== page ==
Let me preface this blog post with an important caveat – I am not an expert on marathon training. I am 15 weeks into training for my first marathon which simply qualifies me to talk about my experiences. If I finish this thing and ever decide to do another, it’ll be interesting to reread this and see if the experience remains similar for my next marathon. But I’m getting very ahead of myself there so let’s pause and get back to the job at hand.
The downs of marathon training
I like to start with bad news – it’s just how I do things. Prepare for the worst, hope for the best. So let’s start with the stuff I’m not enjoying. Some it I expected, some has been an unpleasant revelation but it’s all part of the experience…
- There is no down time for things to heal. Specifically at the moment, this refers to my blisters. They are just becoming blisters underneath blisters. None of them are life threatening or run stopping. They’re just annoying. I had one that took up the entire bottom of a toe after last weekend’s long run. Then I had to deal with it and run on it again a couple of days later. Same with chafing – there are bits that I think are probably permanently scarred now, despite the copious amounts of BodyGlide I use. Whatever.
- Post run highs are great but I also get a bizarre mix of high and exhaustion that isn’t quite so pleasant. This has only happened to me after the really long runs and manifests later that night as I’m trying to sleep. I am so tired I am sure I should fall asleep immediately but, instead, I lie in bed completely hyped. Body weary but brain and heart buzzing. It’s not until the following night that I can actually get the much craved sleep.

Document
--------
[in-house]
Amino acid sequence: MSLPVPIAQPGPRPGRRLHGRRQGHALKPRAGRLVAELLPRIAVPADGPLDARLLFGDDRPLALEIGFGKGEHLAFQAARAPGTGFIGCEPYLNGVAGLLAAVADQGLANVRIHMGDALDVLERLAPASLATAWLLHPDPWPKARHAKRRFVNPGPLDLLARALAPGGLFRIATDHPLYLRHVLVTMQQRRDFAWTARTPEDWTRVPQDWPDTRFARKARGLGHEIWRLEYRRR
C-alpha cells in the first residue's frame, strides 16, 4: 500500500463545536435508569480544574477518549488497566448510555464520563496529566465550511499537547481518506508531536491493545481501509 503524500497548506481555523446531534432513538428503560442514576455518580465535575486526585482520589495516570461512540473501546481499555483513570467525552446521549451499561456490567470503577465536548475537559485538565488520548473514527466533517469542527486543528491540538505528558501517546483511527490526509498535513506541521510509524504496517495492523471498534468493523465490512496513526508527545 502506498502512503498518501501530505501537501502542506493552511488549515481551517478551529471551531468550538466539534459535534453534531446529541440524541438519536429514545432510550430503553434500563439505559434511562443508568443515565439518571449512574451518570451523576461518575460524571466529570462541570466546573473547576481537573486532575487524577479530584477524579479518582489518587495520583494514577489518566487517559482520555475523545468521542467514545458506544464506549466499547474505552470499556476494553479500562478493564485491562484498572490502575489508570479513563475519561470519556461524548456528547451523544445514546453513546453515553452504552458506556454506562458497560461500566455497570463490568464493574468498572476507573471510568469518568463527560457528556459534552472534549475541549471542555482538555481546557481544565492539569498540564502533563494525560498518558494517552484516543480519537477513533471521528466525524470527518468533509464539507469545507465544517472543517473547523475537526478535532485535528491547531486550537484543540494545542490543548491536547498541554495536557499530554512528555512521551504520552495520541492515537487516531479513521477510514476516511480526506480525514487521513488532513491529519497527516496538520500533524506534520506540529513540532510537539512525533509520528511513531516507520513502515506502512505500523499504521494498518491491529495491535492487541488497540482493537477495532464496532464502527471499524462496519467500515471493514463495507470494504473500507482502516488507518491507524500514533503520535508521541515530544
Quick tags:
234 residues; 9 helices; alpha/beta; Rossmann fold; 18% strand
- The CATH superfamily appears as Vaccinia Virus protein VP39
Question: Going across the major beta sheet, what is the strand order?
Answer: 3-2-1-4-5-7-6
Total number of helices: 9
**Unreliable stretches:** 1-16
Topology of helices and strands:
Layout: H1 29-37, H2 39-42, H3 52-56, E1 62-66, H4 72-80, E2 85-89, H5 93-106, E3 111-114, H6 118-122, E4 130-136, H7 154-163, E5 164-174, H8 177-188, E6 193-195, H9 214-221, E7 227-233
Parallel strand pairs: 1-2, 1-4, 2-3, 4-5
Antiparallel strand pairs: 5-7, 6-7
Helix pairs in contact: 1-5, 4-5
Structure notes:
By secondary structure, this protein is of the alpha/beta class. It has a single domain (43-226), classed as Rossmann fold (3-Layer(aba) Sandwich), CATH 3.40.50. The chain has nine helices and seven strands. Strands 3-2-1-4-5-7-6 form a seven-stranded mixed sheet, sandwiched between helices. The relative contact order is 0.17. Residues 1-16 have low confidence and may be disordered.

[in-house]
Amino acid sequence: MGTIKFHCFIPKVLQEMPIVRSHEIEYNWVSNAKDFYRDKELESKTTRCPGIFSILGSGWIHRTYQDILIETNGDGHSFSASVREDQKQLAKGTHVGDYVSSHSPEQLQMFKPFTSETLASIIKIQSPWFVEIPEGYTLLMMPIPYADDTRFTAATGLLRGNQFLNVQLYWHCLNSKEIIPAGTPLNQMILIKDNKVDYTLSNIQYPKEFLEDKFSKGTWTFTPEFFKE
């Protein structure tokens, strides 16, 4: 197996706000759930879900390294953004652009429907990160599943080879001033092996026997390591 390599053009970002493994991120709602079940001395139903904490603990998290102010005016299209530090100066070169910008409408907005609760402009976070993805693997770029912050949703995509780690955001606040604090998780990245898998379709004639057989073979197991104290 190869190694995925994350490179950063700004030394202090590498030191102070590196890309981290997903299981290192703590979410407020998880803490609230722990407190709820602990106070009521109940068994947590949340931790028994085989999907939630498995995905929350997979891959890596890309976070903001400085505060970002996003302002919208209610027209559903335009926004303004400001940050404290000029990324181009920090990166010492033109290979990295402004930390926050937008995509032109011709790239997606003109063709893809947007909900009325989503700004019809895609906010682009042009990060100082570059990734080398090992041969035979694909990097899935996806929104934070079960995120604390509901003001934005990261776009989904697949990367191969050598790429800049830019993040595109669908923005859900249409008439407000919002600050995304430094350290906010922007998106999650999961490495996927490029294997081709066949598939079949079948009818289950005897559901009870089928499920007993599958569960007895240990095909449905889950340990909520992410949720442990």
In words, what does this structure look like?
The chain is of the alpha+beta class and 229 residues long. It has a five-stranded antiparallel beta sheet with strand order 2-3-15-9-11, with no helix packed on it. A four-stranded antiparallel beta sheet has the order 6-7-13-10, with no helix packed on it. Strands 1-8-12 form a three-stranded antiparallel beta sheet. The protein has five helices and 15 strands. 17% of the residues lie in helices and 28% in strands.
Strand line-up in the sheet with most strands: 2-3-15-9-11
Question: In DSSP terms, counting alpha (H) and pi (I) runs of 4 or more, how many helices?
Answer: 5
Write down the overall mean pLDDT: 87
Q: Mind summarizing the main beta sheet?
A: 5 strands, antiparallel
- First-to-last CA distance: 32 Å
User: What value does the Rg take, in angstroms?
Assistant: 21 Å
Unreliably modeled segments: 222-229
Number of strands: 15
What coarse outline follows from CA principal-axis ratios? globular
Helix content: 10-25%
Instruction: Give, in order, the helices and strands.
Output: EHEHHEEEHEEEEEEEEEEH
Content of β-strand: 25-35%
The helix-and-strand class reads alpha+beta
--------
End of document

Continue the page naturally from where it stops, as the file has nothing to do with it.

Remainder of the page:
- Anxiety goes up. With less than 80 days to go until take off, I’m becoming paranoid about everything. Avoiding children with viruses (not easy when I’m a teacher). Worrying about tree roots on my favourite trails in case I trip. Religiously reading blogs about others completing the Dopey challenge to try to reassure myself that I can do it. Bleurgh. Just get me to the start line already!
- It takes over your life. I knew this in theory but, now that the kms are really ramping up, it’s really kicking in. And I’m aware that our marathon plan is much more limited than some. However all weekend activities need to be carefully measured against what mileage long run I’m completing and where I want to run that. Social invitations aren’t always compatible with pre-long run early nights.